Please spread the word and bring a colleague!

Full event details:

  • Date: Friday, July 10, 2015
  • Time: 11:10 AM
  • Location: Engineering Main Boardroom (EN-4002), S.J. Carew Building, Memorial University


IEEE Lobster Boil 2015

Posted: June 1st, 2015
Updated:June 8th, 2015

NOTE: Deadline to register is Friday, June 12th (not the 17th as originally posted).

The annual IEEE Lobster Boil is coming up! This is a great opportunity for all local IEEE members to connect in a relaxed social setting.

Full event details:

  • Date: Friday, June 19th, 2015
  • Time: 6:30 for 7:00 PM
  • Location: The Fluvarium
  • Cost: Tickets are only $25 each of IEEE members and one guest; non-members $35 each.

Please specify lobster, steak, or vegetarian dinner at time of ticket purchase. Salads, rolls, dessert, tea, coffee and a drink ticket included! Catered by the Fluvarium.

Please register and purchase your tickets at https://meetings.vtools.ieee.org/m/34874. If you have any questions please contact Brian Kidney, bkidney at ieee.org.

Deadline for tickets: noon, Friday, June 12th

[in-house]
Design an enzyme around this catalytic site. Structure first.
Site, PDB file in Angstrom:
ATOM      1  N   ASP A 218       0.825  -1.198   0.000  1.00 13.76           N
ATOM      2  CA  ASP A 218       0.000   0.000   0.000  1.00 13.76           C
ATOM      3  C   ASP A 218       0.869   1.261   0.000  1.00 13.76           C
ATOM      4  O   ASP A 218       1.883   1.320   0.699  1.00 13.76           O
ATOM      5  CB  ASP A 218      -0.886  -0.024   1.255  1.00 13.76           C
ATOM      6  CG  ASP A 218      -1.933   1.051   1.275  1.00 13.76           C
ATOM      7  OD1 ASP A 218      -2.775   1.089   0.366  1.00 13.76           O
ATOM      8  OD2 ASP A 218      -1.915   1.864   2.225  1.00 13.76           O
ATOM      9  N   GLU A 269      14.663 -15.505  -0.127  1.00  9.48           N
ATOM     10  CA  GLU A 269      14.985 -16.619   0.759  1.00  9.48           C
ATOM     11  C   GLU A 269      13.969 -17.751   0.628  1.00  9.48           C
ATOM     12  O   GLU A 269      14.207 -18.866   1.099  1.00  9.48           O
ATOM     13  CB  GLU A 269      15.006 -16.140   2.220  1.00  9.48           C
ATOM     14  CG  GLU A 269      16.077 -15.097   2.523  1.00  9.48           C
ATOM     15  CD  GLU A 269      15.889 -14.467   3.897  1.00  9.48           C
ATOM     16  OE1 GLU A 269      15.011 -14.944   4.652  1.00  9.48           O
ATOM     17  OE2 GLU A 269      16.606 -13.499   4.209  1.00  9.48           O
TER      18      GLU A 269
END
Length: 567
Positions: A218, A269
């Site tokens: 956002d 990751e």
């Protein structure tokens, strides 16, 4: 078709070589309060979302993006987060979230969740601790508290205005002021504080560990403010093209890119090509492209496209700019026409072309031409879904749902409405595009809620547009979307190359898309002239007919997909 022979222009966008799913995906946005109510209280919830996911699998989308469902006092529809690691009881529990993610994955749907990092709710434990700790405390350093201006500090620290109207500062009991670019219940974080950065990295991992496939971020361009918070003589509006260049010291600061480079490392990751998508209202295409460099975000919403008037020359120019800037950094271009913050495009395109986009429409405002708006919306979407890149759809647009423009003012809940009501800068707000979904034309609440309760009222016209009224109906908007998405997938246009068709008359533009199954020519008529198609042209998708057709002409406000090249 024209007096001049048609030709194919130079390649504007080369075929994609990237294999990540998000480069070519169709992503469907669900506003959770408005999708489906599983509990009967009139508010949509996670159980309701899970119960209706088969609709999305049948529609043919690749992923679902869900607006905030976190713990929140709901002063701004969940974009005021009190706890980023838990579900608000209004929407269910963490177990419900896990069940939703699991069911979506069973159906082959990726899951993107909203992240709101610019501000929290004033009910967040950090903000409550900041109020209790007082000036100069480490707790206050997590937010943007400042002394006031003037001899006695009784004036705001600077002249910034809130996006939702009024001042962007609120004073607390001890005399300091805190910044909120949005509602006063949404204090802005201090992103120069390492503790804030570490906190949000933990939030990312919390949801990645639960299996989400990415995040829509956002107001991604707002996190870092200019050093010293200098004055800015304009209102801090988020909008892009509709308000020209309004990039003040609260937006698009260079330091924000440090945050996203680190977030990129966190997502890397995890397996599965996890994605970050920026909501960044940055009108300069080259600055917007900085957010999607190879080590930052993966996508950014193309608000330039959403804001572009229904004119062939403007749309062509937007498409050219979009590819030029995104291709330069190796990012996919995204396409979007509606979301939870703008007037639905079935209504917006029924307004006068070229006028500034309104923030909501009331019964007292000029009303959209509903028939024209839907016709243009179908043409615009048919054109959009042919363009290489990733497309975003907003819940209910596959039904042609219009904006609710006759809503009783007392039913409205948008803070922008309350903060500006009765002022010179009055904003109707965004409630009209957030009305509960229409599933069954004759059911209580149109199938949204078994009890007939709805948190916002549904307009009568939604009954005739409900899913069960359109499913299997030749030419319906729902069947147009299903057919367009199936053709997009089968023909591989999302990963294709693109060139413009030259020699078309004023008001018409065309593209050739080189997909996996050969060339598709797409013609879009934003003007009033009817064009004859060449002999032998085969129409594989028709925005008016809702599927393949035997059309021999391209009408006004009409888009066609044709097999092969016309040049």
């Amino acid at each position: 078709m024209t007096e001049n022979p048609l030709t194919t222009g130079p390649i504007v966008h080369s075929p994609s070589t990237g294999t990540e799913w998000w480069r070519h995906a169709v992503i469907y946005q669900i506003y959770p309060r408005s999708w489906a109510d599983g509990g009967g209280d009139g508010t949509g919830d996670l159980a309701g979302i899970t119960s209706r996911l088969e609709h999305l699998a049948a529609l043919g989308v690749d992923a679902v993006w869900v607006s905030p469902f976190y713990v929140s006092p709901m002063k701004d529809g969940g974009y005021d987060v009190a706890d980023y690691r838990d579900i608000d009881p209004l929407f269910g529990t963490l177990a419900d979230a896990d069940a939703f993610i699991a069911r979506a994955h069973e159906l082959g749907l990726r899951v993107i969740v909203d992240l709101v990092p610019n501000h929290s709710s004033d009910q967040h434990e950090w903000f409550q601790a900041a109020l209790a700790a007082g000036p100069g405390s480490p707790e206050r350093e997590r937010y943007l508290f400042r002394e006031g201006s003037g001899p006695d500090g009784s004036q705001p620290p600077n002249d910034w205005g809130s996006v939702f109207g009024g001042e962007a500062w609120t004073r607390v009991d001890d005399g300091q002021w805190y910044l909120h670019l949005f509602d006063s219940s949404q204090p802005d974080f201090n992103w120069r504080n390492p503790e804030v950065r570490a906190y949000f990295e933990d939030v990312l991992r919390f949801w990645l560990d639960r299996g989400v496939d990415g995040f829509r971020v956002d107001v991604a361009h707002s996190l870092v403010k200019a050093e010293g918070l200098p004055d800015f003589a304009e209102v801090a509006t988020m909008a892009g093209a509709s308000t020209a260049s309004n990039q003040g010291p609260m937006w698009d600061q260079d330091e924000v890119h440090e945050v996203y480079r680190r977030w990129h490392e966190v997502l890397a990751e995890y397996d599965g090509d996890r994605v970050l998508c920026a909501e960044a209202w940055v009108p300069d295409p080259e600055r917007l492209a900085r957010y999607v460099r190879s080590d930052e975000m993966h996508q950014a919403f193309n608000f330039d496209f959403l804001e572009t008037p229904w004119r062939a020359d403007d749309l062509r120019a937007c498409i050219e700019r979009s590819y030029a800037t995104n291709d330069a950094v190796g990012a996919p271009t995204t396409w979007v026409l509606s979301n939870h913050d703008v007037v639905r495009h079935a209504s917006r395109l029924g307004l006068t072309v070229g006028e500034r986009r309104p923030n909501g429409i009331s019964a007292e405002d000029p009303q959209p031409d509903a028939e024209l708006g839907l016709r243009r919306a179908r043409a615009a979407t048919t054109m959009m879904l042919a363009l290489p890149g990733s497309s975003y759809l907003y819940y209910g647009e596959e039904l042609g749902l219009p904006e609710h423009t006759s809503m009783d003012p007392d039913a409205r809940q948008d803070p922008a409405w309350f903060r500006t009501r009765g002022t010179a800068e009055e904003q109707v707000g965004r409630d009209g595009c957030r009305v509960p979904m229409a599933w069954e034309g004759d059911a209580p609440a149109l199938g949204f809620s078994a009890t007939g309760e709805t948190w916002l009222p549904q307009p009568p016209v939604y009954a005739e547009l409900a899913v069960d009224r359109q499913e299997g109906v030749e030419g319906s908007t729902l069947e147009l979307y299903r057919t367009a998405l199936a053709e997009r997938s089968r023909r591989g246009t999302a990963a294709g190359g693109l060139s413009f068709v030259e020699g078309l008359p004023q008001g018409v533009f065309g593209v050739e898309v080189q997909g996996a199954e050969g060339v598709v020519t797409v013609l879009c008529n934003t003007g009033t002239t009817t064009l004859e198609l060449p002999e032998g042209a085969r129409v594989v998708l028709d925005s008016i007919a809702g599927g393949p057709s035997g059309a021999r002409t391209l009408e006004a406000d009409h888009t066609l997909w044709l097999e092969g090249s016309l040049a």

IEEE Young Professionals Tour Event – Green Rock E.V.S. (Electronic Vehicle Solutions)

Posted: June 1, 2015

Thursday, June 11, at 12:15 pm we will be touring Green Rock E.V.S located on 835 Topsail Road in Mount Pearl. John Gordon, President of Green Rock E.V.S. will be hosting the tour of his facility where he sells electric vehicles.

You may have heard about John Gordon recently as he has been featured in recent articles in the Telegram and on CBC news promoting his business. Green Rock E.V.S. has also recently been awarded a government contract to install a number of charging stations in Newfoundland and Labrador.

Below is a list of some of the vehicles currently in stock at Green Rock E.V.S. which we will have the opportunity to learn about:

  1. Nissan Leaf SL
  2. Chevy Volt
  3. Tesla Model S 85 (recently sold but may still be in the showroom for the tour)
  4. Amego EV (Electric Bike)
  5. Stream Ion (Electric Scooter)

This is a great chance to learn more about electronic vehicles and the importance they may have in the future of transportation. A few reasons electric vehicles are an important technology to learn about is the fact they do not emit carbon dioxide into the atmosphere, and secondly they are potentially much cheaper to operate and maintain (depending on the price and availability of electricity).